Leone's masterpiece

'Once Upon A Time in the West', if I've still to convince you, really is a masterpiece of visual storytelling. Each of the opening set pieces is, in it's own right, remarkable and, with the exception of the credit sequence, punctuated always by Morricone's score. These opening scenes run as follows:

- It is notable that, during the first two scenes (and first twenty minutes) of the film, the majority of characters to which we've been introduced are left dead.

At that time, it was normal for Italian film productions to add the sound later in the studio after filming was complete, and without the restriction of sound crew and recording booms, Tonino Delli Colli's camera was able to move freely around the protagonists, limited only by Leone's imagination.

Another great example of this is the final flashback sequence where the camera starts in close up on the face of the young Harmonica. The camera then pulls out and upwards to reveal the horror of his predicament, beautifully framed with Monument Valley in the background.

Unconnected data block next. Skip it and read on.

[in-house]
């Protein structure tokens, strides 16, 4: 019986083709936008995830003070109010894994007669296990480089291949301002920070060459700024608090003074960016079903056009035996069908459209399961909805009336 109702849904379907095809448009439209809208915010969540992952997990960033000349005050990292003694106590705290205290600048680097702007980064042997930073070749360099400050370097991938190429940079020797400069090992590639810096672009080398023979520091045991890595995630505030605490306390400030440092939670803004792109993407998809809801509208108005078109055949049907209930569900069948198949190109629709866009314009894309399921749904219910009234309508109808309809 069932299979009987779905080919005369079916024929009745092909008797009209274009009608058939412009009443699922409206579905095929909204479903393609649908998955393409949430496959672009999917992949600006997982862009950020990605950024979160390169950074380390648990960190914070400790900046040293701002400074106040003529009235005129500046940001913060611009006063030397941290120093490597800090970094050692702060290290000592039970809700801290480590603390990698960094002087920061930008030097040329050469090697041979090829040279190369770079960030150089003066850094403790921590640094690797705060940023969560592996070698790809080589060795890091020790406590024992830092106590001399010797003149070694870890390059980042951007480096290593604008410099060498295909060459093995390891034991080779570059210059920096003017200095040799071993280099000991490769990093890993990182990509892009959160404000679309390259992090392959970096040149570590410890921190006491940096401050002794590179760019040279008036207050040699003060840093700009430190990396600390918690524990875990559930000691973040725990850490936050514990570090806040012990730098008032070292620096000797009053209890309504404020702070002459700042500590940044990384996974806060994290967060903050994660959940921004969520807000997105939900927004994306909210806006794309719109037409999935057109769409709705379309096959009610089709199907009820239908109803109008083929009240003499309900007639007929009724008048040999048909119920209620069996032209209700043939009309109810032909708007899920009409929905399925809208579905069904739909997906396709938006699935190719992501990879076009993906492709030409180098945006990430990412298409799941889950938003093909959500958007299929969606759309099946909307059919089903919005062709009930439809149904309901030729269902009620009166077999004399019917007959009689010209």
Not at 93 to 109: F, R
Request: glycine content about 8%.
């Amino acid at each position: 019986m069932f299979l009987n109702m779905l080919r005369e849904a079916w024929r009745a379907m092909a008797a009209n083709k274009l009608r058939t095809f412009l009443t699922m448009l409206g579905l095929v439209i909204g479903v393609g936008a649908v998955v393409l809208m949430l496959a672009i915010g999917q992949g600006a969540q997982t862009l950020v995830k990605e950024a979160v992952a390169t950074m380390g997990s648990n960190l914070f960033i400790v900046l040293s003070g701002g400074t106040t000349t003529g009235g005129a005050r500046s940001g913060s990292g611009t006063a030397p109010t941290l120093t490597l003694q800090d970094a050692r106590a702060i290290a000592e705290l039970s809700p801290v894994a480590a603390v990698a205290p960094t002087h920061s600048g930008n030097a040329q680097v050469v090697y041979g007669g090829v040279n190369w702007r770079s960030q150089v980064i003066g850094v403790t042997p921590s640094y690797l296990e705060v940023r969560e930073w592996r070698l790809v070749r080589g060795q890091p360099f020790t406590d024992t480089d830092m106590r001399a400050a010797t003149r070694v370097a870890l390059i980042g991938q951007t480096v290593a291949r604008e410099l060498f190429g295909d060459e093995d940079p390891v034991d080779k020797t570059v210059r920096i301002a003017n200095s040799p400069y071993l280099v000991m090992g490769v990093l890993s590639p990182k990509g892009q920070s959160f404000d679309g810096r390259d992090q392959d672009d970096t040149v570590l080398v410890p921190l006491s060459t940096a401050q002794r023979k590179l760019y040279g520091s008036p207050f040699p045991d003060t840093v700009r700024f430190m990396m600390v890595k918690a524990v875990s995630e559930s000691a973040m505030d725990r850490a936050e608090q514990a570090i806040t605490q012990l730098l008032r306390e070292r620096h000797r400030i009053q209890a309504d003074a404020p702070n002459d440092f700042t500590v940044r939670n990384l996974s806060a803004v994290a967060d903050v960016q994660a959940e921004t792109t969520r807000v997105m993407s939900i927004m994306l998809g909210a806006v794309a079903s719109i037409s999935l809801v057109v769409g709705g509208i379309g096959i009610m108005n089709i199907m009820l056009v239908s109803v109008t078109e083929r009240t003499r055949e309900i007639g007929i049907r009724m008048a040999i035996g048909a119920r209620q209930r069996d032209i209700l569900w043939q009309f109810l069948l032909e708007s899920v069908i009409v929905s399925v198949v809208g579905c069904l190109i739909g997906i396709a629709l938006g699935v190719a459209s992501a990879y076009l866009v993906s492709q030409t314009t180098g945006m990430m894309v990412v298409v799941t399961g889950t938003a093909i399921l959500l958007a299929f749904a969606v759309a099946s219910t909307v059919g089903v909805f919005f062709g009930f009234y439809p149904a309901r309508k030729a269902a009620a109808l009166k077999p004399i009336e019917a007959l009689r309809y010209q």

"Keep your lovin'
brother happy."

While 'The Good, the Bad and the Ugly' is probably the most enjoyable of Leone's films in terms of shear fun and exhilaration, and 'For A Few Dollars More' is possibly the best example of a 'Spaghetti Western', with its routes still firmly in the genre, 'Once upon a Time in the West' is, in my opinion, Leone's masterpiece.

The film marks a change in both pace and emotional depth to the 'Dollars Trilogy' and, not helped by studio imposed cuts, it did not achieve the same worldwide commercial success. One exception was in France, where the movie was fully embraced - one theatre showing the uncut version of the film continuously for 48 months. But over time the film has come to receive the critical acclaim that it deserves.